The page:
The Supreme Court on Tuesday ruled that holding virtual sitting by courts in the country is not unconstitutional at the moment.
Naija News reports that the suit was brought by the Attorney- General of Ekiti State, Olawale Fapohunda, against the Attorney-General of the Federation regarding the legality of virtual court sittings.
Also listed as second and third defendants are the Attorneys General of Lagos and Ogun States who have implemented virtual court proceedings.
In the suit, Mr Fapohunda asked the court to determine whether the directive issued by the AGF to the Heads of Courts at Federal and State levels, as it relates to the conduct of virtual proceedings in court, is not a violation of the federalism provisions of the 1999 Constitution.
He also asked the apex court to determine if the directive issued in line with the National Judicial Council is not a violation of the constitutional provisions on fair hearing as it relates to the conduct of criminal trials in public.
Delivering its ruling, the seven-man panel of the court held the suits filed by Fapohunda to seek their interpretation of the Constitution to determine whether or not virtual court proceedings/sitting is constitutional was premature.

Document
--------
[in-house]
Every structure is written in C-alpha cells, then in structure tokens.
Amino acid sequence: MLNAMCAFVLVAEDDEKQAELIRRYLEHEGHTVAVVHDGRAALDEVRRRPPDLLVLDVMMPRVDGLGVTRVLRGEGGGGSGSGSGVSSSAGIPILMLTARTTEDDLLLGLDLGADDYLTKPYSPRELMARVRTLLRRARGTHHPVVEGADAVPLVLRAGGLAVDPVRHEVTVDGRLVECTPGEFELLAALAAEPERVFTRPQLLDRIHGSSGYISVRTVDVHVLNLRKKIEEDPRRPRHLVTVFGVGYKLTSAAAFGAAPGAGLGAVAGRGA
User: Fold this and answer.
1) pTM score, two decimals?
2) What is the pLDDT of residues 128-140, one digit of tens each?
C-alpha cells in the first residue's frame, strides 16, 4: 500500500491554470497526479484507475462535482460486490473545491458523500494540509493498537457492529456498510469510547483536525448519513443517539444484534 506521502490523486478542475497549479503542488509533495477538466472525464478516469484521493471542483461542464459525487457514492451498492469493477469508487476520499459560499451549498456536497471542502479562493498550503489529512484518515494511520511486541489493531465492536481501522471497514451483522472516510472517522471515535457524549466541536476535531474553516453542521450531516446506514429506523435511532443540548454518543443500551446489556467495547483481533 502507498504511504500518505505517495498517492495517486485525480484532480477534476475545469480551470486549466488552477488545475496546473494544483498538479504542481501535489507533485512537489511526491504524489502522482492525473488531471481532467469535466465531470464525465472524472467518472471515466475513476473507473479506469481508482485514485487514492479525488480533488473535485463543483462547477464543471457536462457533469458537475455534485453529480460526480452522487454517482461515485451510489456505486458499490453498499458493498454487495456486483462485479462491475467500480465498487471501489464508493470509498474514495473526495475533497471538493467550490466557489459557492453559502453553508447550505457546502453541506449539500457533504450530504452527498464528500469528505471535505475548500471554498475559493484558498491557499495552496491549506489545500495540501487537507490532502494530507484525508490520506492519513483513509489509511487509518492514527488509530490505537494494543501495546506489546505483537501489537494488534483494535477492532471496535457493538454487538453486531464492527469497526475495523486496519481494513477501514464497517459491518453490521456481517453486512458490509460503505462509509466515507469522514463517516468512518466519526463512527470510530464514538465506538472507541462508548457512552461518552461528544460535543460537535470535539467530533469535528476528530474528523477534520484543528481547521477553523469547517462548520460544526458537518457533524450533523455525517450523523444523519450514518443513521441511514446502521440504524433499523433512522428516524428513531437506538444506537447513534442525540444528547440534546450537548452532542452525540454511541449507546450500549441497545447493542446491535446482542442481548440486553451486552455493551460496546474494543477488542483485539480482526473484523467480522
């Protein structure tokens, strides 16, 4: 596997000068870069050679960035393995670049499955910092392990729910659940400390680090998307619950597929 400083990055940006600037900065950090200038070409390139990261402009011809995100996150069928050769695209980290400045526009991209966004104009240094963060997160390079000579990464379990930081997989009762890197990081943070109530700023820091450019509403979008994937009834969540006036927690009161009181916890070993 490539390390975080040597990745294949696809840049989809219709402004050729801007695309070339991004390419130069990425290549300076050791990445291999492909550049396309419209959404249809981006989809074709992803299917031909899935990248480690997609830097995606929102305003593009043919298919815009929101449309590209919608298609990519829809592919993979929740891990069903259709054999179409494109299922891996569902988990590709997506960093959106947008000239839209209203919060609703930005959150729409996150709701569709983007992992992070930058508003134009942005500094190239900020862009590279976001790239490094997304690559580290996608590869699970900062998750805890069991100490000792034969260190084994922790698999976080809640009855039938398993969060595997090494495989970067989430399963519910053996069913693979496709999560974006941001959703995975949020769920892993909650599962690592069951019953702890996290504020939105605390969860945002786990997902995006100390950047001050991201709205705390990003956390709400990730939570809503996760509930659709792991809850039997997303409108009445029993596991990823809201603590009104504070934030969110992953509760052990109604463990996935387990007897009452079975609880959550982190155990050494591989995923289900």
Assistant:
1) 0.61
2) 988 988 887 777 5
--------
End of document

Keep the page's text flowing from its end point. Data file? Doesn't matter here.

The Supreme Court asked judges across Nigeria to continue to conduct virtual proceedings, where it is comfortable for them, until the National Assembly concludes its ongoing-effort to amend the Constitution to accommodate virtual hearing.
Justice Olabode Rhodes-Vivour, who led the seven-man panel said: “Just let us wait for the National Assembly whether what they will come up with go against the practice direction issued by Chief Judges of the states and the National Judicial Council (NJC) on virtual sitting.”
He said it is after the National Assembly has passed its pending Bill seeking to include virtual sitting in the Constitution can anybody challenge the constitutionality or otherwise of such enactment and whether it violates the powers of heads of courts to regulate proceedings.
As at now, virtual siting is not unconstitutional. Honourable Attorney General (referring to Onigbajo), go and tell your Chief Judge to ask the judges to continue to sit virtually if its convenient for them,” Rhodes-Vivour said.